Turkish Prime Minister Ahmet Davutoglu had praise late Sunday for the Group of Twenty or G20 major economies conference that Turkey begins hosting early this week.

During a working dinner in Istanbul on the eve of the conference, Davutoglu lauded the event's inclusive nature in comparison to the United Nations Security Council permanent group, or P5, and called G20 the most up-to-date international platform.

He also said that Turkey would take the opportunity -- as holder of the G20 rotating presidency -- to become a 'bridge' between G20 economies and the least develop countries, or LDC, group.

Criticizing lack of reform in international organizations in the post-Cold War era, Davutoglu said on P5: "They cannot agree on Syria. If they cannot agree on Syria or Ukraine for this or that reason, they don’t have much price [to pay]; we are paying the price as neighboring countries. And for the last four years there was no single inclusive or by-consensus decision on Syria.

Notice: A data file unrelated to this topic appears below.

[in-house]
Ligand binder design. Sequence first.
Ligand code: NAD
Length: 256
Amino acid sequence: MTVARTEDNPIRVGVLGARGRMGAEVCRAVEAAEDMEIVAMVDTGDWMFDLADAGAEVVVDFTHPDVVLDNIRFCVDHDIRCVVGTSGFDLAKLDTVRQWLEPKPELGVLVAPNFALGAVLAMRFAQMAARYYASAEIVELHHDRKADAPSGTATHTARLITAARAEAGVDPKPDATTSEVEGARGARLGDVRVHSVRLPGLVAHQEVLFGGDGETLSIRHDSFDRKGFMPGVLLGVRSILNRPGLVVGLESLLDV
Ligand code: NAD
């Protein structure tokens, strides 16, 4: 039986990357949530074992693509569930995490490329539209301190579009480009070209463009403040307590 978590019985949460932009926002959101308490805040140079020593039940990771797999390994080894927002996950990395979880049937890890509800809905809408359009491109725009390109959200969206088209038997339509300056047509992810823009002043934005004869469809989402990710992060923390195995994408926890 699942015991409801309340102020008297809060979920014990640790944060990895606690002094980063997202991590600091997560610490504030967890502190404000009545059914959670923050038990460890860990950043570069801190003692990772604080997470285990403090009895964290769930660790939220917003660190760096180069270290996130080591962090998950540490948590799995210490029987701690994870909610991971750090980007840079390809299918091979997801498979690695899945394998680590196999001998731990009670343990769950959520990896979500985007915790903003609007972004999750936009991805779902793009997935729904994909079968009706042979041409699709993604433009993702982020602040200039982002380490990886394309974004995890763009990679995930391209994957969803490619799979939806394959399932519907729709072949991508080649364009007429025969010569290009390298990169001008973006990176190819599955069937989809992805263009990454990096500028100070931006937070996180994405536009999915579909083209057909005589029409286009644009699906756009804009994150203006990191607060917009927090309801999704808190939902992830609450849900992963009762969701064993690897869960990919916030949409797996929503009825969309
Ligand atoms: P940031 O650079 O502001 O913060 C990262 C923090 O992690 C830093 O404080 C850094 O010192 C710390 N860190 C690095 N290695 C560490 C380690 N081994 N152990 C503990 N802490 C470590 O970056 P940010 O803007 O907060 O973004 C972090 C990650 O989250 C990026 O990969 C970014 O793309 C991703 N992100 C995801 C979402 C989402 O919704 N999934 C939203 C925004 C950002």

"So we have been talking in long meetings about reform of United Nations for the last 25 years, but still, there is no single step forward; neither in structure, nor in mission,” he said.

"But G20 is a real global society; you can see African, Asian, European, American, Muslim, Christian and Buddhist. All of them are around the table.

"G20 is the only post-Cold War platform adapted to the new international context.”

Davutoglu also outlined Turkey's approach to G20 in "three I's: Inclusiveness, implementation and investment."

"Inclusiveness is because without an inclusive approach, you cannot deal with any problem," he said, referring to lack of representation from different cultures and faiths in the P5 group, contrasting it with the G20 platform.

Davutoglu added that implementation was what would bring promises and ideas to fruit, and that investment was the driving force behind economic growth.

G20 begins Monday through Tuesday with meetings of finance ministers and central bank governors in finance capital Istanbul. It will then resume at the end of the month with sessions on energy and employment in the popular tourist resort Antalya in southern Turkey.

Anadolu Agency